Some of the concours cars that you will see are very high level, museum quality restorations that are not driven other than from the trailer to the display spot. Others are preservation cars that, by definition, feature original paint, interiors, etc. Many of these, like Bill and Cathy Wilson’s 68 912, are cars that have been lovingly owned, driven and cared for by their original owners for several decades, but there are also “super preservation” cars that started as excellent preservation cars, but were then “restored”, but with very careful attention to maintaining the patina of every part of the vehicle. A good example of this concept is the 1967 911S that won best in class at the 2016 Amelia Island concours and was featured in the August 2016 issue of Panorama. This is a very competitive sport!
Beyond perfect: The 1967 Porsche 911S
Dedicated restoration and preparation concours cars will certainly be an important part of the concours, but the real beauty of the Parade concours is that a majority of the cars on display will be cars in the preparation group that, while carefully prepared, will have had that work performed by their owners rather than professionals, and will be driven, rather than trailered to the concours. For these PCA members keeping their cars in exquisite condition and driving them defines their Porsche experience. This is an experience that we can all reasonably share in, and it is why the concours cars that are driven to the Parade are a special treat. Most will not take home awards, but they will take home memories of their fellow Porsche owners looking with admiration, and sometimes amazement, at how there isn’t any dust in the heater vents, or that the brake hubs are not really the flat black of brake dust.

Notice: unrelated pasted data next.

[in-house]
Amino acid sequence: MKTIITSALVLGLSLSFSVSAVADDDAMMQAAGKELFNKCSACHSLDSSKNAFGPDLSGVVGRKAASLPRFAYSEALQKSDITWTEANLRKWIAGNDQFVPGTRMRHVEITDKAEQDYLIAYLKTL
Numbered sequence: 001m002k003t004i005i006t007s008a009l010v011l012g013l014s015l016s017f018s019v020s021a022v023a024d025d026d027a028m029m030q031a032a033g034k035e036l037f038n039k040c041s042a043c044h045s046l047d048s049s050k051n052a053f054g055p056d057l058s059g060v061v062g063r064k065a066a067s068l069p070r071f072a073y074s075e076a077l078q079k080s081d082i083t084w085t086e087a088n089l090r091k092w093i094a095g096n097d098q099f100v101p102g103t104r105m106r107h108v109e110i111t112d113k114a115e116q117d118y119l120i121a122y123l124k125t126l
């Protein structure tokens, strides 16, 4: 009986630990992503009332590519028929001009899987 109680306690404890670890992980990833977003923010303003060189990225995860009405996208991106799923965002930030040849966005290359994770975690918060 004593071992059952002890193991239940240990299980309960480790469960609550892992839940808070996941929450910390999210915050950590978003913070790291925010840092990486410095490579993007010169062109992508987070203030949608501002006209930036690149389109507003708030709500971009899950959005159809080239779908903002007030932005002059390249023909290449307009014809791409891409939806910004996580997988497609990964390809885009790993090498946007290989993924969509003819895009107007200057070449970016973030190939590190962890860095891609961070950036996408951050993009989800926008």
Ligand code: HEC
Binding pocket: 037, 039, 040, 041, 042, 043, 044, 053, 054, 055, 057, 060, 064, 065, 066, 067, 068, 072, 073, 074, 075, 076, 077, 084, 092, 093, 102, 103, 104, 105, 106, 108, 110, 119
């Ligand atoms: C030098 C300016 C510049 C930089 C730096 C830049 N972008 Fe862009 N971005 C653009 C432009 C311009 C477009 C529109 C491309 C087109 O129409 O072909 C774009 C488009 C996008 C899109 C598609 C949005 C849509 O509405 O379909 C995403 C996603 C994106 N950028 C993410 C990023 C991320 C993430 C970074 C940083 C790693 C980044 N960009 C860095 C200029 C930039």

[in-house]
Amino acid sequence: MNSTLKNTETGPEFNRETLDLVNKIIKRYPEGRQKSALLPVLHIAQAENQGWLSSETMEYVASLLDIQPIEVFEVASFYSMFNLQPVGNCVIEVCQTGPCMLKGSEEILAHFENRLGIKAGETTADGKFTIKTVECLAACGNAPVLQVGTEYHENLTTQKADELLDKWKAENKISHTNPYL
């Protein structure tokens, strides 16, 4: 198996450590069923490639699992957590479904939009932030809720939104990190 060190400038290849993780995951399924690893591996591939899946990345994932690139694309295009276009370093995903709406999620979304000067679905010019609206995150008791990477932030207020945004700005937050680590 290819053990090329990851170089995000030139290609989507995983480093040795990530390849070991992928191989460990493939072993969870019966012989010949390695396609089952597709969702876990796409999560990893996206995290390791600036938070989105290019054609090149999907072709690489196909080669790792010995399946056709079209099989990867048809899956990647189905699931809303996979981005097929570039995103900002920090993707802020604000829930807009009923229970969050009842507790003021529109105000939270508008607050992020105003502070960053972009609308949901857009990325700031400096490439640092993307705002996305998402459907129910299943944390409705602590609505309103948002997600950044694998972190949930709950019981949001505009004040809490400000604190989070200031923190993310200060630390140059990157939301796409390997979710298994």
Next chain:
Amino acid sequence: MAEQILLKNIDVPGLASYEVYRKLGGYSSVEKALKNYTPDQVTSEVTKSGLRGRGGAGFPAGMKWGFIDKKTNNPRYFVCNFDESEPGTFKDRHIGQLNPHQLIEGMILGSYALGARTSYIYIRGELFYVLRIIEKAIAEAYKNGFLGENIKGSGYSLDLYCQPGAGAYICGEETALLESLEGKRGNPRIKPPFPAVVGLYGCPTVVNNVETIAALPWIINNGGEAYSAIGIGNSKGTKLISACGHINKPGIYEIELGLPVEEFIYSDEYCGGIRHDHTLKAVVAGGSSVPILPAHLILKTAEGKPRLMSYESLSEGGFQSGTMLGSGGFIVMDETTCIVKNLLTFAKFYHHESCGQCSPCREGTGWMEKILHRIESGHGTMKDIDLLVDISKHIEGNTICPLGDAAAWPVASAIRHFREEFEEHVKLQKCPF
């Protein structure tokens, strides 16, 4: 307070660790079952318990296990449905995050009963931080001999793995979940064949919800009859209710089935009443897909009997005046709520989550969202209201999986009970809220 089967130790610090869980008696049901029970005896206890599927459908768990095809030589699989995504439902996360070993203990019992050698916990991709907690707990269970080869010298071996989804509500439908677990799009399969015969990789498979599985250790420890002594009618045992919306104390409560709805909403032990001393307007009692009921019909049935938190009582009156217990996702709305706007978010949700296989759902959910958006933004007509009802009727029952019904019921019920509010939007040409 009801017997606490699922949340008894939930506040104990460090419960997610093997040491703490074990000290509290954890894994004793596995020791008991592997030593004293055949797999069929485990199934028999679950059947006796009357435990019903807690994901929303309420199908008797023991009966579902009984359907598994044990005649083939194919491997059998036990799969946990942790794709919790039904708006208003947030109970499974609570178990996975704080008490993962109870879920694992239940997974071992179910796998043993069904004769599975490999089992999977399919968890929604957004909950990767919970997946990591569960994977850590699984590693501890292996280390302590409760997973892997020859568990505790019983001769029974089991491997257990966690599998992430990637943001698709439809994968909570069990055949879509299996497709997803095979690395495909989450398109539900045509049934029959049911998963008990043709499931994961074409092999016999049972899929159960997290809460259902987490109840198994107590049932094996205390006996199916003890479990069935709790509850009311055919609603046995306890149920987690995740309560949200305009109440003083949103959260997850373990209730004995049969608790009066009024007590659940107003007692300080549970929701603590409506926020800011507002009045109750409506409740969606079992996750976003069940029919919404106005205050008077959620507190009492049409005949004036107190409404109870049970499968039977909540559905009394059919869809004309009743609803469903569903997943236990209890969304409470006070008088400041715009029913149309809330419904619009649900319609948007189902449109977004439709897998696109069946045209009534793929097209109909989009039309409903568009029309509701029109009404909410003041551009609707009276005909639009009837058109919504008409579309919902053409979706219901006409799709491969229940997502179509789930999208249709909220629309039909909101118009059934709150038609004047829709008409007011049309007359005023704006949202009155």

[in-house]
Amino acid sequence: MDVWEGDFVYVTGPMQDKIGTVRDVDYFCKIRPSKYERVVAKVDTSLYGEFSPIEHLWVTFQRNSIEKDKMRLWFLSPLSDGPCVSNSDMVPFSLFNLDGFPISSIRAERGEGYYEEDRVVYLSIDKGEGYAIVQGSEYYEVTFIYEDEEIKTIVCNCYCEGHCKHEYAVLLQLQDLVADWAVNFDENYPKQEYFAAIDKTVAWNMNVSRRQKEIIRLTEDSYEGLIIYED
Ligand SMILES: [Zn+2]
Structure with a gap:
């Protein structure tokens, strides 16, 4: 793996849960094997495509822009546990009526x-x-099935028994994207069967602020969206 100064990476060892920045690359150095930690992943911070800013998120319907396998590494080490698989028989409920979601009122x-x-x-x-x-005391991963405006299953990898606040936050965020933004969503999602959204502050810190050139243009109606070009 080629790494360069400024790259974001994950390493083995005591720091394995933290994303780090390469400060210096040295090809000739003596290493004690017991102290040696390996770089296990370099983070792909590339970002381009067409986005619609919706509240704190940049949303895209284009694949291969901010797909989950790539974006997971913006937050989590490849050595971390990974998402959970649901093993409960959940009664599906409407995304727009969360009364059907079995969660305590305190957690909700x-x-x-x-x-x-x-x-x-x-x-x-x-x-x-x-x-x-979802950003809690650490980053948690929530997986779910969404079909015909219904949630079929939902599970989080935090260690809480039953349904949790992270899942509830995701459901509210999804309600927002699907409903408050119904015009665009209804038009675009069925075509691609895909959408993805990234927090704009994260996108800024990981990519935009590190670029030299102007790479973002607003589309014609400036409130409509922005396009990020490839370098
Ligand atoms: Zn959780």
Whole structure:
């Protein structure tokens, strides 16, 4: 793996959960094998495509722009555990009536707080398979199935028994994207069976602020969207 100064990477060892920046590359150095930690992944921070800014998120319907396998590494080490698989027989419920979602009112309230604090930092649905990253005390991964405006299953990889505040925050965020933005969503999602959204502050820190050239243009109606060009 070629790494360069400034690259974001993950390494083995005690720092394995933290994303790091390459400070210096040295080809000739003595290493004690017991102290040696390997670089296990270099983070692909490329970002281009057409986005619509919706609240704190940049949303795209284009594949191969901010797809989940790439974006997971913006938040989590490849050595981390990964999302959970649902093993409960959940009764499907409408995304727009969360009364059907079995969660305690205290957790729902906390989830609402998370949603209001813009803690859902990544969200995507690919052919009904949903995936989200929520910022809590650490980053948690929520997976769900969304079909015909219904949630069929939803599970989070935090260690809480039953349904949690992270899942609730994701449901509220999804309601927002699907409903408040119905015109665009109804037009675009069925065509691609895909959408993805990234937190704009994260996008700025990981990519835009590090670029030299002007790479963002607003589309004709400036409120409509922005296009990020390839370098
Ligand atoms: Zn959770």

Concours are characterized by beautiful surroundings
The preparation group is also where you will find Outlaw 356s, R Gruppe 911s and other cars that could be categorized as hotrods and represent their owner’s personalization of their Porsches, beyond the many options provided by the Porsche catalog. These cars are a veritable library of ideas of how any Porsche owner can move beyond Porsche’s ideas to create true individualization in the marque we share. If you wonder what a classic Fuchs style wheel will look like on a Cayman or 991, you will see it in the preparation group.
Lest we leave the impression that cars entered in the Parade concours are just glorified “show & shine” cars, the folks who enter the concours are serious about every nook and cranny, justifiably earning the nickname of “q-tippers”. Most of our events are judged on the basis of the exterior and interior of the cars, but a concours extends to the trunk, engine compartment and undercarriage. Judges look for the condition of each element and aspect of the car, especially for earlier cars. To facilitate the field preparation of the cars from HDR, we will have cars going to Spokane on Thursday and Friday before the Parade.
The Diego’s car show in Redmond, April 22, is our first show and shine of the year. Entries received by April 1 receive a free tee shirt and a $10 certificate for food at Diego’s, so register early. This is a fun event that gives us a chance to see a large variety of non-Porsche cars and, of course, to compete for most entries with the Corvette club. You can download an entry form at http://www.diegosspiritedkitchen.com/car-show/.
A few of our almost 40 cars in attendance at Diego’s 2016 Car Show
Until next month —
Jerry Kolb, President
High Desert Region Porsche Club of America